Poll: Most Americans Believe in Man-Made Climate Change

Wildfire in Oregon.<a ref="http://www.flickr.com/photos/hllewellyn/">H Dragon</a>/Flickr

Fight disinformation. Get a daily recap of the facts that matter. Sign up for the free Mother Jones newsletter.

It could be all the wildfires and drought, the snowless-ski season, or the flowers blooming in New York City in February, or just that this past summer was hot as hell pretty much everywhere. Whatever the case, a new study concludes that most Americans believe that global warming is a real thing—and that people are causing it.

The study conducted by scientists from Yale and George Mason University shows that Americans’ belief in global warming has increased by 13 percentage points over the past two and a half years, from 57 percent in January 2010 to 70 percent in September 2012. At the same time, the number of Americans who say global warming is not happening has declined nearly by half, from 20 percent in January 2010 to 12 percent today.

The report comes on the heels of recent poll results reported by Chris Mooney and discussed earlier this month at the Climate Desk’s Live Event, showing that Americans—and specifically undecided voters—are increasingly leaning green.

Though the Yale/George Mason report draws no definite conclusions as to what could be clueing Americans in to the reality of climate change, the authors do say the record number of crazy weather events—not to mention the sticker shock of the disaster clean up costs—are likely bringing people around to the idea.

The study says a majority believes global warming is caused by humans, and “if left unchecked will have serious consequences for humans and the natural world:”

 Yale/George MasonYale/George Mason

Here are some other highlights of the report:

• Those who believe global warming is happening are more certain than those who do not. More than half of Americans who believe global warming is happening (57 percent) say they are “very” (30 percent) or “extremely sure” (27 percent).

•    By contrast, for the first time since 2008, less than than 50 percent of the unconvinced are very (27 percent) or extremely sure of their view (15 percent), a decrease of 15 percentage points since March 2012.     

•    Today more than half of Americans (58 percent) say they are “somewhat” or “very worried”—now at its highest level since November 2008.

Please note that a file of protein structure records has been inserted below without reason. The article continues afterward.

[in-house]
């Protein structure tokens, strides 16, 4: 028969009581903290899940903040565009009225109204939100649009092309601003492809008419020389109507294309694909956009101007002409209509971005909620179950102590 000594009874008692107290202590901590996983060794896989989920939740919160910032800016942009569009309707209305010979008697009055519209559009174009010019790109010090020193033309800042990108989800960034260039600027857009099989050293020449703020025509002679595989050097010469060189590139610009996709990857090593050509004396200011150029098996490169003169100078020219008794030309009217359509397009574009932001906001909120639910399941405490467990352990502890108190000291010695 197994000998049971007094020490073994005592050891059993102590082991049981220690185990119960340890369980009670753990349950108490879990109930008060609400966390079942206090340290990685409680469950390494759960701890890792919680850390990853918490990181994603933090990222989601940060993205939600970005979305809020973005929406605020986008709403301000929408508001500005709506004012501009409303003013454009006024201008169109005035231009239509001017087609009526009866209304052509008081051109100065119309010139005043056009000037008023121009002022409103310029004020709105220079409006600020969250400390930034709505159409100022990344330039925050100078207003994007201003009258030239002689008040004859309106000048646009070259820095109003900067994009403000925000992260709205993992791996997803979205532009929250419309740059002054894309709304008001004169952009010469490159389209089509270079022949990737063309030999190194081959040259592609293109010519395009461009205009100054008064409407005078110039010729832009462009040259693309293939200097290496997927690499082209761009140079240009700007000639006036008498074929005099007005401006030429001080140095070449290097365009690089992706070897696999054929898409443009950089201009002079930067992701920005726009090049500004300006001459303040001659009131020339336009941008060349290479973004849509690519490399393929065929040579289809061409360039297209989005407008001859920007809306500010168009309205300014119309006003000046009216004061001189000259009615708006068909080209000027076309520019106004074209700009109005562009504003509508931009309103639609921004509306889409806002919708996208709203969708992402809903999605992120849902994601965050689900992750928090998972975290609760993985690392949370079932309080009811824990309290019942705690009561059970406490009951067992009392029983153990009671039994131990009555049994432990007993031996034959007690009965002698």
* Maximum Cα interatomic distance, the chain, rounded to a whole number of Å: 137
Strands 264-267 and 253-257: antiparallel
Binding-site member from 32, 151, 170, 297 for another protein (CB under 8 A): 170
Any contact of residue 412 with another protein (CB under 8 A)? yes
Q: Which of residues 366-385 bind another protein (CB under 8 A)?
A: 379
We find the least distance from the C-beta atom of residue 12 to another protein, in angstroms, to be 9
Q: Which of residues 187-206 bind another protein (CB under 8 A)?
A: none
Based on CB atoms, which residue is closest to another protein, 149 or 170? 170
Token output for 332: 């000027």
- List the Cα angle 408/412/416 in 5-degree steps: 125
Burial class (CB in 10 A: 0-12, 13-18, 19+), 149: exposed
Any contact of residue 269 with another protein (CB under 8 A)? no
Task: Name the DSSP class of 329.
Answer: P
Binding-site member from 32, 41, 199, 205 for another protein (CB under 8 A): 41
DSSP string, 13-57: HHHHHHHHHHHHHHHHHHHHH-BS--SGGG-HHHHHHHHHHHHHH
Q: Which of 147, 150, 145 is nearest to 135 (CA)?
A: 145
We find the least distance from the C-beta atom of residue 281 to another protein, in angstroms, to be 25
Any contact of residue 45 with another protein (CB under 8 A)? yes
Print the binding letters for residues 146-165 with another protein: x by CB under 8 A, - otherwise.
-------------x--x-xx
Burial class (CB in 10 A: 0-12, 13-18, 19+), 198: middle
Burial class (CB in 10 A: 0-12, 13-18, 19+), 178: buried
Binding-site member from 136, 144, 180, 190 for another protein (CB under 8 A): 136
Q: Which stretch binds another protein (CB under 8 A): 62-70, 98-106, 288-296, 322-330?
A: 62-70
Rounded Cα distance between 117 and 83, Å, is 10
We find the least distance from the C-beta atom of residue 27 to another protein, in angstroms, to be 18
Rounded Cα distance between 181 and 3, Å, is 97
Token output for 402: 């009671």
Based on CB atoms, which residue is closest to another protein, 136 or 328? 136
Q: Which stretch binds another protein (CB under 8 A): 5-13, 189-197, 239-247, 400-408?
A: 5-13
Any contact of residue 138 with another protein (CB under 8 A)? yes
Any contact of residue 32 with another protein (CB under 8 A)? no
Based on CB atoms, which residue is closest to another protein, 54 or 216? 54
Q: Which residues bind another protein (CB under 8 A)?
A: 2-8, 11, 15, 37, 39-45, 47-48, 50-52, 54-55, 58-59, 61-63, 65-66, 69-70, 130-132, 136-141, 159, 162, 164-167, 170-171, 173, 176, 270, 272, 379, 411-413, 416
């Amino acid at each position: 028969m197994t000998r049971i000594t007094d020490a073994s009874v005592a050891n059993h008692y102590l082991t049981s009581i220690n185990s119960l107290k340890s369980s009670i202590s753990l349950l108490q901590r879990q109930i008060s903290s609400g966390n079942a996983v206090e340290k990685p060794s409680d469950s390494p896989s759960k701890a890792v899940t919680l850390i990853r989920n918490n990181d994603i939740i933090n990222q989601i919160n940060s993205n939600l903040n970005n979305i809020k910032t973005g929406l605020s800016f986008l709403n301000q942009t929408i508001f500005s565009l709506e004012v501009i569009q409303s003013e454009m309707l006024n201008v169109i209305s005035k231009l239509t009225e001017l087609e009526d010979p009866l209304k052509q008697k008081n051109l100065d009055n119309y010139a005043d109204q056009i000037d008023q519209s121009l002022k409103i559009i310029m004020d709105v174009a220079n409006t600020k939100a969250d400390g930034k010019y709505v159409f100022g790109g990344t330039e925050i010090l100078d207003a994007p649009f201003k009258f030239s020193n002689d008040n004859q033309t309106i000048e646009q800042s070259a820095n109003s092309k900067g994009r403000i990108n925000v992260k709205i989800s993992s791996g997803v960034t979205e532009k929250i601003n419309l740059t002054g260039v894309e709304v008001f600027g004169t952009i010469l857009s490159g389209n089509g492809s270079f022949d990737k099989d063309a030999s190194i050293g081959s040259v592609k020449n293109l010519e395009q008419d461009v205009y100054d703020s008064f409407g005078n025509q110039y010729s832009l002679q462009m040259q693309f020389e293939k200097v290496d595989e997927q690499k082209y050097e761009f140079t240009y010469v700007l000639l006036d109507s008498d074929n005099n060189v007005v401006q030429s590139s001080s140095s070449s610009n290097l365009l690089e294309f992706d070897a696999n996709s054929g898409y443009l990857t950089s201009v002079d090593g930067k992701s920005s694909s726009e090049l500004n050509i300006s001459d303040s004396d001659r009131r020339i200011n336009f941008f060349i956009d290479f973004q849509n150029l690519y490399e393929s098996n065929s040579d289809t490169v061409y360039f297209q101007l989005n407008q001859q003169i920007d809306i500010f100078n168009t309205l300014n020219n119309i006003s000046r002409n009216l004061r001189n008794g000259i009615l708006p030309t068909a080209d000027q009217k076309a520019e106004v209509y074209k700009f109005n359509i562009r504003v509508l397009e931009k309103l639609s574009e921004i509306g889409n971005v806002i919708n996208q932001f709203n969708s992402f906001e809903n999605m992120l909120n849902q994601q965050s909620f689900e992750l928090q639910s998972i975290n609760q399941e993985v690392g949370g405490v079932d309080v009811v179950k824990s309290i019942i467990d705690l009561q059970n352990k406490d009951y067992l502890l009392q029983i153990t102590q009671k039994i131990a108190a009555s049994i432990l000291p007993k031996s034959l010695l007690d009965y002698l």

•    Americans increasingly perceive global warming as a threat to themselves (42 percent, up 13 points since March 2012), their families (46 percent up 13 points), and/or people in their communities (48 percent, up 14 percentage points).

•    A growing number of Americans believe global warming is already harming people both at home and abroad. Four in ten say people around the world are being harmed right now by climate change (40 percent, up 8 percentage points since March 2012), while 36 percent say global warming is currently harming people in the United States (up 6 points since March).

•    Three out of four Americans (76 percent) say they trust climate scientists as a source of information about global warming, making them the most trusted source asked about in the survey.

HERE ARE THE FACTS:

Our fall fundraising drive is off to a rough start, and we very much need to raise $250,000 in the next couple of weeks. If you value the journalism you get from Mother Jones, please help us do it with a donation today.

As we wrote over the summer, traffic has been down at Mother Jones and a lot of sites with many people thinking news is less important now that Donald Trump is no longer president. But if you're reading this, you're not one of those people, and we're hoping we can rally support from folks like you who really get why our reporting matters right now. And that's how it's always worked: For 45 years now, a relatively small group of readers (compared to everyone we reach) who pitch in from time to time has allowed Mother Jones to do the type of journalism the moment demands and keep it free for everyone else.

Please pitch in with a donation during our fall fundraising drive if you can. We can't afford to come up short, and there's still a long way to go by November 5.

payment methods

ONE MORE QUICK THING:

Our fall fundraising drive is off to a rough start, and we very much need to raise $250,000 in the next couple of weeks. If you value the journalism you get from Mother Jones, please help us do it with a donation today.

As we wrote over the summer, traffic has been down at Mother Jones and a lot of sites with many people thinking news is less important now that Donald Trump is no longer president. But if you're reading this, you're not one of those people, and we're hoping we can rally support from folks like you who really get why our reporting matters right now. And that's how it's always worked: For 45 years now, a relatively small group of readers (compared to everyone we reach) who pitch in from time to time has allowed Mother Jones to do the type of journalism the moment demands and keep it free for everyone else.

Please pitch in with a donation during our fall fundraising drive if you can. We can't afford to come up short, and there's still a long way to go by November 5.

payment methods

We Recommend

Latest

Sign up for our free newsletter

Subscribe to the Mother Jones Daily to have our top stories delivered directly to your inbox.

Get our award-winning magazine

Save big on a full year of investigations, ideas, and insights.

Subscribe

Support our journalism

Help Mother Jones' reporters dig deep with a tax-deductible donation.

Donate